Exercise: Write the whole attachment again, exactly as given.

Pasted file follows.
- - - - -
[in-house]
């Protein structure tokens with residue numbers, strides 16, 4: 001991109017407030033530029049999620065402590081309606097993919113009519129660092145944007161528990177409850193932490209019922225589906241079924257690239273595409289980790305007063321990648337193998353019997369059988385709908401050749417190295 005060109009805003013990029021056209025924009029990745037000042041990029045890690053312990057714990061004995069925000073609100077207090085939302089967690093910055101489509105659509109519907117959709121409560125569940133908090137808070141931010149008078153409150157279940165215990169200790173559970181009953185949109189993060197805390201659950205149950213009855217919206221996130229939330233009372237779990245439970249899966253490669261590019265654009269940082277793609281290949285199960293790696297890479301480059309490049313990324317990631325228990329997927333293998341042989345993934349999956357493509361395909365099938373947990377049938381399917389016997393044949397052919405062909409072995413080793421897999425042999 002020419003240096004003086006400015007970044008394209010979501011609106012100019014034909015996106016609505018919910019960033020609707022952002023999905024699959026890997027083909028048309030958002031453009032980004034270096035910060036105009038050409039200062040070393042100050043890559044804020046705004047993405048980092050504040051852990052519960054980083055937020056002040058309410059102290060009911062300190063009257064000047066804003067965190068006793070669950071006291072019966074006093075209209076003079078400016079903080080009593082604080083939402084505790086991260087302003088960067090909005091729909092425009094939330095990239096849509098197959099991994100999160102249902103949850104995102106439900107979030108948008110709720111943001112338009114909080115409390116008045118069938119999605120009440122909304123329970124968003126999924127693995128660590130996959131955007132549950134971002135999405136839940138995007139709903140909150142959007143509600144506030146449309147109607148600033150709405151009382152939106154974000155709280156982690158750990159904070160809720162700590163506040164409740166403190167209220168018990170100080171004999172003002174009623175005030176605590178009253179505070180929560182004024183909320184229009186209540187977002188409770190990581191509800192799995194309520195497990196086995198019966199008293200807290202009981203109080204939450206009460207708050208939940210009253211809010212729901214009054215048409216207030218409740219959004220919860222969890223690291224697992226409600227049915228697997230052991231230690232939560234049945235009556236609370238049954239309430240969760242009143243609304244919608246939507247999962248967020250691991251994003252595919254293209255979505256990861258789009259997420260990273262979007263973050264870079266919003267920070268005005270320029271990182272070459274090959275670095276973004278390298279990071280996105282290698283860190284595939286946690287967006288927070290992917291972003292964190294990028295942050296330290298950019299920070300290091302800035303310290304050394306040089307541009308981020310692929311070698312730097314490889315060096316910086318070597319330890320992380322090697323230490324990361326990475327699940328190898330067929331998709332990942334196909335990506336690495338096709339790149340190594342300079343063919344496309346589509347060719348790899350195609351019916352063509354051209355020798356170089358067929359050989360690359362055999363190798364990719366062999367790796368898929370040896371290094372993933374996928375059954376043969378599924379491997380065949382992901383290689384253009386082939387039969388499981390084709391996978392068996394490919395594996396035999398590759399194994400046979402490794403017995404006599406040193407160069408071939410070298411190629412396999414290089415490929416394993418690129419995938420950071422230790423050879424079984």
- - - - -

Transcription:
[in-house]
């Protein structure tokens with residue numbers, strides 16, 4: 001991109017407030033530029049999620065402590081309606097993919113009519129660092145944007161528990177409850193932490209019922225589906241079924257690239273595409289980790305007063321990648337193998353019997369059988385709908401050749417190295 005060109009805003013990029021056209025924009029990745037000042041990029045890690053312990057714990061004995069925000073609100077207090085939302089967690093910055101489509105659509109519907117959709121409560125569940133908090137808070141931010149008078153409150157279940165215990169200790173559970181009953185949109189993060197805390201659950205149950213009855217919206221996130229939330233009372237779990245439970249899966253490669261590019265654009269940082277793609281290949285199960293790696297890479301480059309490049313990324317990631325228990329997927333293998341042989345993934349999956357493509361395909365099938373947990377049938381399917389016997393044949397052919405062909409072995413080793421897999425042999 002020419003240096004003086006400015007970044008394209010979501011609106012100019014034909015996106016609505018919910019960033020609707022952002023999905024699959026890997027083909028048309030958002031453009032980004034270096035910060036105009038050409039200062040070393042100050043890559044804020046705004047993405048980092050504040051852990052519960054980083055937020056002040058309410059102290060009911062300190063009257064000047066804003067965190068006793070669950071006291072019966074006093075209209076003079078400016079903080080009593082604080083939402084505790086991260087302003088960067090909005091729909092425009094939330095990239096849509098197959099991994100999160102249902103949850104995102106439900107979030108948008110709720111943001112338009114909080115409390116008045118069938119999605120009440122909304123329970124968003126999924127693995128660590130996959131955007132549950134971002135999405136839940138995007139709903140909150142959007143509600144506030146449309147109607148600033150709405151009382152939106154974000155709280156982690158750990159904070160809720162700590163506040164409740166403190167209220168018990170100080171004999172003002174009623175005030176605590178009253179505070180929560182004024183909320184229009186209540187977002188409770190990581191509800192799995194309520195497990196086995198019966199008293200807290202009981203109080204939450206009460207708050208939940210009253211809010212729901214009054215048409216207030218409740219959004220919860222969890223690291224697992226409600227049915228697997230052991231230690232939560234049945235009556236609370238049954239309430240969760242009143243609304244919608246939507247999962248967020250691991251994003252595919254293209255979505256990861258789009259997420260990273262979007263973050264870079266919003267920070268005005270320029271990182272070459274090959275670095276973004278390298279990071280996105282290698283860190284595939286946690287967006288927070290992917291972003292964190294990028295942050296330290298950019299920070300290091302800035303310290304050394306040089307541009308981020310692929311070698312730097314490889315060096316910086318070597319330890320992380322090697323230490324990361326990475327699940328190898330067929331998709332990942334196909335990506336690495338096709339790149340190594342300079343063919344496309346589509347060719348790899350195609351019916352063509354051209355020798356170089358067929359050989360690359362055999363190798364990719366062999367790796368898929370040896371290094372993933374996928375059954376043969378599924379491997380065949382992901383290689384253009386082939387039969388499981390084709391996978392068996394490919395594996396035999398590759399194994400046979402490794403017995404006599406040193407160069408071939410070298411190629412396999414290089415490929416394993418690129419995938420950071422230790423050879424079984």